TMT vice president says project partners concerned over inaction

Although the deadline to begin construction of the Thirty Meter Telescope was pushed back until 2021, project authorities believe a decision about the project’s future will have to be made soon.

“I don’t know what ‘soon’ exactly means in this situation, but definitely sooner than two years,” said Gordon Squires, TMT’s vice president of external affairs.


Squires said Wednesday that the continued inaction on the project — which was scheduled to begin construction on Maunakea in July, but has since been impeded by demonstrators blocking the Maunakea Access Road — may cause some of the project’s partners to reconsider their involvement.

“All of our partners are concerned right now,” Squires said, explaining that the project’s six partners — including government agencies of Canada, Japan and India, the National Astronomy Observatory of China, and the University of California and Caltech — remain committed to building TMT, but have to justify the substantial amount of money they supply the project each year.

The government agencies, in particular, need to solicit funds from their respective countries’ national budgets, Squires said, which may become harder to justify as the standoff continues.

Ultimately, Squires said, the partners will have to choose between three options: to build on Maunakea; to build on its secondary location, the island of La Palma in the Canary Islands; or to not build at all.

“At some stage, we need to have a site to build on,” Squires said.

A partner dropping out of the project could be disastrous for TMT. Beyond their financial support, each partner is responsible for constructing various parts of the telescope; if Canada, which is building TMT’s dome, were to drop out, the project would have to source the dome from elsewhere.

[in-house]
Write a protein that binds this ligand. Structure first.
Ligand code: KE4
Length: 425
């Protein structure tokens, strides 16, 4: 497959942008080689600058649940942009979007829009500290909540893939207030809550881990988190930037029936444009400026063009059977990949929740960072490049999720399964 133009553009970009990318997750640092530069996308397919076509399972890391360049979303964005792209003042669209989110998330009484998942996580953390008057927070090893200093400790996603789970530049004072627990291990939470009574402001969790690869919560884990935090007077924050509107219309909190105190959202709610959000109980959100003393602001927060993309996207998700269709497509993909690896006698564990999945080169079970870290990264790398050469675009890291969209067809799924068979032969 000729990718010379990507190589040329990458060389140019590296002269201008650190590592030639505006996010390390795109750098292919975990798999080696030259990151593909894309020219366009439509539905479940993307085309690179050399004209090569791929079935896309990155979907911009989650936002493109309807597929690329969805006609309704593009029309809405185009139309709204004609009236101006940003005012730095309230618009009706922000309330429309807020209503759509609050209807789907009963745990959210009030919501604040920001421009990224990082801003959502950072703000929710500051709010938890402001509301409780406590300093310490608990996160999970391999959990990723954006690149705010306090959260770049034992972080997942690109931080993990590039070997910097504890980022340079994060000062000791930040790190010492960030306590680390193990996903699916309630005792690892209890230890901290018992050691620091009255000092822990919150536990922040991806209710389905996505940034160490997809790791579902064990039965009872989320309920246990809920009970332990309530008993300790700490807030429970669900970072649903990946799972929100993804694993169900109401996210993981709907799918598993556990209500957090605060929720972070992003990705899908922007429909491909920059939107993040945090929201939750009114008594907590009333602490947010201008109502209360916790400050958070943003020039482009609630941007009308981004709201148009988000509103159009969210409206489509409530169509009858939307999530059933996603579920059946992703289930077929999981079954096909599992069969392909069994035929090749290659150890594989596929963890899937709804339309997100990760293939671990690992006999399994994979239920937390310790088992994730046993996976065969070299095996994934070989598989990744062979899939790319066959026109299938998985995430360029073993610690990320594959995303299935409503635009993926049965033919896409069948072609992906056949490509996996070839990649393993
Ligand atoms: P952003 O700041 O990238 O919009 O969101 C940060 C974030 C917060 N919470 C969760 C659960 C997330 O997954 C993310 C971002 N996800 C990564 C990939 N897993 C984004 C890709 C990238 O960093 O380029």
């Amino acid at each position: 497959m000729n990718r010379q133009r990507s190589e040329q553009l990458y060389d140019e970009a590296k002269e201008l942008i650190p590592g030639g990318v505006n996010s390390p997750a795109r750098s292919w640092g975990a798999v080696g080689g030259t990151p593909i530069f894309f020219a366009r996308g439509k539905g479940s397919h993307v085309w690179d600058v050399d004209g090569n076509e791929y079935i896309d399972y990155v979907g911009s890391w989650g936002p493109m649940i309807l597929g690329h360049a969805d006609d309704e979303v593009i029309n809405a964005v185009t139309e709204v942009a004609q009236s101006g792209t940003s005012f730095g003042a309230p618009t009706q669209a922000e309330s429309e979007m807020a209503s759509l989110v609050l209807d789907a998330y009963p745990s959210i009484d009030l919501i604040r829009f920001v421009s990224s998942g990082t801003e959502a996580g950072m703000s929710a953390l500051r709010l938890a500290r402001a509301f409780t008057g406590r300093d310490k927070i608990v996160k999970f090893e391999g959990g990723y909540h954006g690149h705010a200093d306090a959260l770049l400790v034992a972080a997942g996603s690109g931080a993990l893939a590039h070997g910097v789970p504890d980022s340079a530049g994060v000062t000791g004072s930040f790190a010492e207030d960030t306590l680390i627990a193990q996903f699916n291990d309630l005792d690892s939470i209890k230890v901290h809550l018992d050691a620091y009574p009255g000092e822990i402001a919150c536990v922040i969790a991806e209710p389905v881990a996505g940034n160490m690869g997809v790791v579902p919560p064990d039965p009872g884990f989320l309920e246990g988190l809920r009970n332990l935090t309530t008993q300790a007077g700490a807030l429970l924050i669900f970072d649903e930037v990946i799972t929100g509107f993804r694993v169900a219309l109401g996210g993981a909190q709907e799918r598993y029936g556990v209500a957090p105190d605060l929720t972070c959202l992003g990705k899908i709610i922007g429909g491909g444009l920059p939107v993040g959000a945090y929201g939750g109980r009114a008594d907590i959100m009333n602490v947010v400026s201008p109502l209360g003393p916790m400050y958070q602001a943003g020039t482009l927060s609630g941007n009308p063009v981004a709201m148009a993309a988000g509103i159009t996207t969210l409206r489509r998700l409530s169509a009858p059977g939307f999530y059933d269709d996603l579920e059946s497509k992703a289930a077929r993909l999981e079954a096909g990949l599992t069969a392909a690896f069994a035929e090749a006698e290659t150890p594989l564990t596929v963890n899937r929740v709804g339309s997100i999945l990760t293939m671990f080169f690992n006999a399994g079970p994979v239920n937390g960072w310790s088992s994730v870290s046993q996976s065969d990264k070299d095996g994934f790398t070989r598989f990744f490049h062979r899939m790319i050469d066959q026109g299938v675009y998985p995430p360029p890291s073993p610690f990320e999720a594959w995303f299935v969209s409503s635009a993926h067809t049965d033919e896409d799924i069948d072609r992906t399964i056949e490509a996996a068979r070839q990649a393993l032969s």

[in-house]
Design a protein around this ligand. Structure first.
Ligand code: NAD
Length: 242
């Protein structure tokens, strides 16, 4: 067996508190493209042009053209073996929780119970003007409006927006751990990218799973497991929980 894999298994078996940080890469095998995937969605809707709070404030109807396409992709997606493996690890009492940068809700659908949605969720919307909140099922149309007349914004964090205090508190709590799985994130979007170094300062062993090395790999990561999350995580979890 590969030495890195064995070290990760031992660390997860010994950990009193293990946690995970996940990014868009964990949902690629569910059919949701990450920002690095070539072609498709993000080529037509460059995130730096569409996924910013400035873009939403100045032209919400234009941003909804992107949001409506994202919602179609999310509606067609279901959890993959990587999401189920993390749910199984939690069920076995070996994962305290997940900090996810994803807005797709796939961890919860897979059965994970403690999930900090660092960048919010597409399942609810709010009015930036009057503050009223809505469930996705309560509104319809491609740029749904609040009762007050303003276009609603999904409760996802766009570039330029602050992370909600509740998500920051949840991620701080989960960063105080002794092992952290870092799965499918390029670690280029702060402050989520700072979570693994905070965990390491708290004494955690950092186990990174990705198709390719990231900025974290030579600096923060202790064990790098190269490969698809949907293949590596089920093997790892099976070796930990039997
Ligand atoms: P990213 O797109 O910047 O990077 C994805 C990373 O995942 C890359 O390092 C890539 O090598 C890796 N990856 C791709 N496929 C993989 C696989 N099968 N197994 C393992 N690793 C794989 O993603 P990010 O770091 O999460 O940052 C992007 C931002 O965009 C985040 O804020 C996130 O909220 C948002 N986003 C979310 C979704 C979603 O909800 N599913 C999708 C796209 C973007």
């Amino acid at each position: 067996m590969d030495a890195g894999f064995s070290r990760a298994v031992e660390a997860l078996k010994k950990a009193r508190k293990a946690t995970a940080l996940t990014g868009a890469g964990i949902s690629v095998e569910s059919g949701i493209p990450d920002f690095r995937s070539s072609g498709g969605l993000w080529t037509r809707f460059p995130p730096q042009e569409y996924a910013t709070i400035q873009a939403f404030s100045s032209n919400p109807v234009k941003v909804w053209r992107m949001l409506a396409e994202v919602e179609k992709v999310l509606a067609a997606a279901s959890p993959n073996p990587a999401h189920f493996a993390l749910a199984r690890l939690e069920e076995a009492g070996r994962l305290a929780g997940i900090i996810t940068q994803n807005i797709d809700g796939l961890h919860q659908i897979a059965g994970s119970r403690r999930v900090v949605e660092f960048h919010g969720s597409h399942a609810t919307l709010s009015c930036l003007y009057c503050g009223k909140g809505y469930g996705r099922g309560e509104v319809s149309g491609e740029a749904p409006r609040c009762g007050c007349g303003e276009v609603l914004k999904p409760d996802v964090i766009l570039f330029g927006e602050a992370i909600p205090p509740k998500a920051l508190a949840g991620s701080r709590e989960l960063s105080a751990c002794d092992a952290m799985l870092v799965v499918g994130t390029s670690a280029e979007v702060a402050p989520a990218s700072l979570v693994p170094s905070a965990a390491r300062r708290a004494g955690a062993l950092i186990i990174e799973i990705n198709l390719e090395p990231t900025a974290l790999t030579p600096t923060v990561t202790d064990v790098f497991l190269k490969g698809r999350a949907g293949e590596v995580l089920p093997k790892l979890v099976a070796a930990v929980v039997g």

While Squires said there are other organizations and agencies that could potentially become partners, most of the potential candidates are already committed to other large-scale telescope projects like the Giant Magellan Telescope or the Extremely Large Telescope, both under construction in Chile.

However, TMT may yet receive federal funding from the U.S. government pending results of a survey of major astronomy projects.

The National Academy of Sciences’ Astronomy and Astrophysics Decadal Survey reviews the state of the astronomy and astrophysics fields and recommends projects worthy of U.S. federal funding.

Should the survey identify TMT as a sufficiently high-priority project in 2020, the project could receive backing from the National Science Foundation.

Email Michael Brestovansky at

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